One of the fundamental design goals of the geoprocessing framework is the ability to distribute your tools amoung the ArcGIS community of users.
Nothing is more satisfying to you as a tool author than to distribute your tools to others and to have them report back that everything worked great and that you're a genius, having saved them months of work (it happens). And nothing is more disappointing than to hear that they couldn't get your tools to work and it was all a waste of their time. The latter situation can be easily avoided with some insight and a few simple guidelines.
The biggest stumbling block to sharing tools are the resources that your tool uses. Resource, in this case, means existing geographic datasets, map documents, toolboxes, scripts, layer files, graphic files, and documentation files that your tools use—everything but the data the user provides as tool parameters. Resources that existed on your computer when you created your tool may not be accessible when others use your tool. Seemingly minor issues with data access that you encounter running your tools locally become major issues when sharing your tools. These data access issues are not ArcGIS specific—they are generic issues found in all software applications.
The topic links below give you the insight to determine the best way to distribute your tools, as well as guidelines for structuring your toolboxes, scripts, script libraries, documentation style sheets, compiled help files, graphics, layer files, map documents, and project data in such a way that they can be easily delivered, installed, and used by your clients.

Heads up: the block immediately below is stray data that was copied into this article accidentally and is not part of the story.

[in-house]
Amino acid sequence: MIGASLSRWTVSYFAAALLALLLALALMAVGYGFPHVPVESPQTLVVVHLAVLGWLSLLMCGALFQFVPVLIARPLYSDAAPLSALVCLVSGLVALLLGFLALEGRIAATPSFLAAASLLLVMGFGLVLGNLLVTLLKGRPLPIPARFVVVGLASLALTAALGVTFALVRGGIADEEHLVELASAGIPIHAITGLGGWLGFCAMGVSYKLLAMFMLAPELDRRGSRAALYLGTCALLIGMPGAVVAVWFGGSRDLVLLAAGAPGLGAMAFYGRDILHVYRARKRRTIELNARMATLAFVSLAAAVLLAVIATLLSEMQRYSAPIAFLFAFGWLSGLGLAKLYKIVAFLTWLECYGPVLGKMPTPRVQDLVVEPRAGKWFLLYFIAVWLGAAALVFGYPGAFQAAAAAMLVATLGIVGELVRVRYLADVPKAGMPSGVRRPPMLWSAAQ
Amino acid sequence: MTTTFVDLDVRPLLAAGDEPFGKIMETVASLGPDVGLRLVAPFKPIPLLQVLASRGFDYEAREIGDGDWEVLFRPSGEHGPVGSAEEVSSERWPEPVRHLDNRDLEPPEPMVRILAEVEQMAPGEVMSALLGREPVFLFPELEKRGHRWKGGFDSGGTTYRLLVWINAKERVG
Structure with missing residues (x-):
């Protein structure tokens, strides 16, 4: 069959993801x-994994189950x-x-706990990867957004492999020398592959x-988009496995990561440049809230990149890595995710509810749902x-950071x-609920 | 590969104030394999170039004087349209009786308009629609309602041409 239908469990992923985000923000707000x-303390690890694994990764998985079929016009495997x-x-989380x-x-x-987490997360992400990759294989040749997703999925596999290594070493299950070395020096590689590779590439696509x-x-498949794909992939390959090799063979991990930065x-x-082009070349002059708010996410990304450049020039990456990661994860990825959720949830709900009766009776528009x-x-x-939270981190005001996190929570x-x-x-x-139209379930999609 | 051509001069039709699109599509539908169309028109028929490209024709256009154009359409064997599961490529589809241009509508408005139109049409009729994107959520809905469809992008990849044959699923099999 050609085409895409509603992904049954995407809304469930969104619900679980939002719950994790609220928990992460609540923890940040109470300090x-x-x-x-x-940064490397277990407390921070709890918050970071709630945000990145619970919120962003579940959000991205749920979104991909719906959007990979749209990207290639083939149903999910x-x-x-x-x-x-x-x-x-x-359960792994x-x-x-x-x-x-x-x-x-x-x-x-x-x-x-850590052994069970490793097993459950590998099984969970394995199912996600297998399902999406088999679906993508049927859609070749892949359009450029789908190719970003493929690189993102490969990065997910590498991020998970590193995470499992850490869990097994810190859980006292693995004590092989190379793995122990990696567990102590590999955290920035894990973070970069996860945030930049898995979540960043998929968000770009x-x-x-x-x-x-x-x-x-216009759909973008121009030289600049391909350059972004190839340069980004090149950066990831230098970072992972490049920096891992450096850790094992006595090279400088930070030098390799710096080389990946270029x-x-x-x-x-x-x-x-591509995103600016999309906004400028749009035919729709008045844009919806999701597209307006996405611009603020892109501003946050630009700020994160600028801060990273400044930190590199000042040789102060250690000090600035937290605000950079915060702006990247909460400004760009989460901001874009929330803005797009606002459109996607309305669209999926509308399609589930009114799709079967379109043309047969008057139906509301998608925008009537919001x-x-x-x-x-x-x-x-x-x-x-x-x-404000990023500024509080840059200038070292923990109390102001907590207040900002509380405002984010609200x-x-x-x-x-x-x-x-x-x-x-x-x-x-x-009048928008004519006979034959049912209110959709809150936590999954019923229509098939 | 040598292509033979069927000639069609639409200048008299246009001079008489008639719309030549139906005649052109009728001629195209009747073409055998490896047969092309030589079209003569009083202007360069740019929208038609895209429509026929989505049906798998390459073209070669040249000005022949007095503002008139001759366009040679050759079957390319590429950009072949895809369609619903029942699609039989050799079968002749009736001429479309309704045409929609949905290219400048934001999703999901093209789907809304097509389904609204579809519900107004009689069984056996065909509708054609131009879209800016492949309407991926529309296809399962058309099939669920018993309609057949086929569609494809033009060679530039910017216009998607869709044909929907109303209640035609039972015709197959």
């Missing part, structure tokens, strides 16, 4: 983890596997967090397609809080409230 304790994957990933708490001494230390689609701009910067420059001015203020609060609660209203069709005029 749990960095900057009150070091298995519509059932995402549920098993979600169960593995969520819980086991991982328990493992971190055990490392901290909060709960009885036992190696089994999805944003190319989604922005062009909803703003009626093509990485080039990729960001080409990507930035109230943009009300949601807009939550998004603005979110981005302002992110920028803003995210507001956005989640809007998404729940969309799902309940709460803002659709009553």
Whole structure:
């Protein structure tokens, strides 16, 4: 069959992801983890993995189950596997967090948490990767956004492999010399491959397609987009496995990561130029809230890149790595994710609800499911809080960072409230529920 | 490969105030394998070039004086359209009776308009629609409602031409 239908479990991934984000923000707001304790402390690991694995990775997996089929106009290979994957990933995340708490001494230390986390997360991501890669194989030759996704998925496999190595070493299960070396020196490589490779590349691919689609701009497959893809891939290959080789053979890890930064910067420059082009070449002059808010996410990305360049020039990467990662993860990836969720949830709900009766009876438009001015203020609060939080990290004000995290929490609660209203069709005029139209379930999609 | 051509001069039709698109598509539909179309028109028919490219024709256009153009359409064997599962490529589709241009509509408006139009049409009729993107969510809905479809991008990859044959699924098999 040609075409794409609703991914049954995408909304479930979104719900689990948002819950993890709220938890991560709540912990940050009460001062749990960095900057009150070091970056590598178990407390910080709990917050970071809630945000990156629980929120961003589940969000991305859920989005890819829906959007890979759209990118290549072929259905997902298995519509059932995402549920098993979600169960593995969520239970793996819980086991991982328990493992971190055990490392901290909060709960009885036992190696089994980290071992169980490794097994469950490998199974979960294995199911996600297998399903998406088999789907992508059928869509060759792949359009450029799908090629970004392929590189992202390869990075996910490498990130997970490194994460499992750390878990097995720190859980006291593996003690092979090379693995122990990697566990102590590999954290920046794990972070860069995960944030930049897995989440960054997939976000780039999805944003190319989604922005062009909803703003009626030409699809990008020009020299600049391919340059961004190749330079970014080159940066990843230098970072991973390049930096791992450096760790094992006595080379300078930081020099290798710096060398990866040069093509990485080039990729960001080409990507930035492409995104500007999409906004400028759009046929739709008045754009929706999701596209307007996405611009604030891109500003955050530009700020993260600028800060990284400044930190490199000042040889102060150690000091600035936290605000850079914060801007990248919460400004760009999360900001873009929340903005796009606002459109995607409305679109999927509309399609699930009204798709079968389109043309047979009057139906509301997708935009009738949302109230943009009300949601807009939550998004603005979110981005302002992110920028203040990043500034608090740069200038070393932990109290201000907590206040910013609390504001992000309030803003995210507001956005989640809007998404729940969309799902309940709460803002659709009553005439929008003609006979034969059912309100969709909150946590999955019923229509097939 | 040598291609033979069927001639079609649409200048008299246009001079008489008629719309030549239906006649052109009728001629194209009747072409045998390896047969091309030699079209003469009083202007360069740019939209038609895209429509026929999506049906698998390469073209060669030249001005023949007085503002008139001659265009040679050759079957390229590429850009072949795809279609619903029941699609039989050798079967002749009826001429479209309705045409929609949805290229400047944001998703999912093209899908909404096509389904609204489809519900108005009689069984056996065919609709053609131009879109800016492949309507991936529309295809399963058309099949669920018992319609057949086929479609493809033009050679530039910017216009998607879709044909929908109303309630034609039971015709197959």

|Methods for distributing tools
||Discusses the three basic methods for distributing your tools and weighs the pros and cons of each method. The three methods are as follows:
- Package and ship.
- Share across your local area network (LAN).
- Publish to ArcGIS Server.
|Pathnames explained: Absolute, relative, UNC, and URL
||You deal with pathnames every day to navigate to your data and toolboxes. You probably don't give them much thought, nor do you need to, until it comes time to share your tools and data. The section on pathnames goes through the basics and describes how ArcGIS manages pathnames.
|A structure for sharing tools
||Organizing your tools and data into a well-structured folder is the first step in sharing your tools. This topic describes a folder structure, the ToolShare folder, that you can use as a template for a well-organized folder.
|Accessing ArcSDE data in tools
||This topic describes how to create an explicit ArcSDE connection file that your tools can use.
|Techniques for sharing Python scripts
||This topic describes techniques to make your Python scripts and libraries portable.
|Managing intermediate data in shared models
||This topic goes into the details of how geoprocessing determines where to write intermediate data created by models. This is especially important when authoring tools for ArcGIS server.
||You can change the appearance of your tool dialog by supplying a stylesheet and a background image. The stylesheet and image must be delivered to your user.
|An overview of sharing tools on an ArcGIS Server
||Your tools can be distributed and used across the internet by using ArcGIS Server technology. ArcGIS Server is a separate product that works with ArcGIS, and once installed at your workplace, you can use it to share your tools as services available to anyone with an Internet connection.
|Checklist for sharing tools and toolboxes
||Use this checklist to help you share your tools and toolboxes.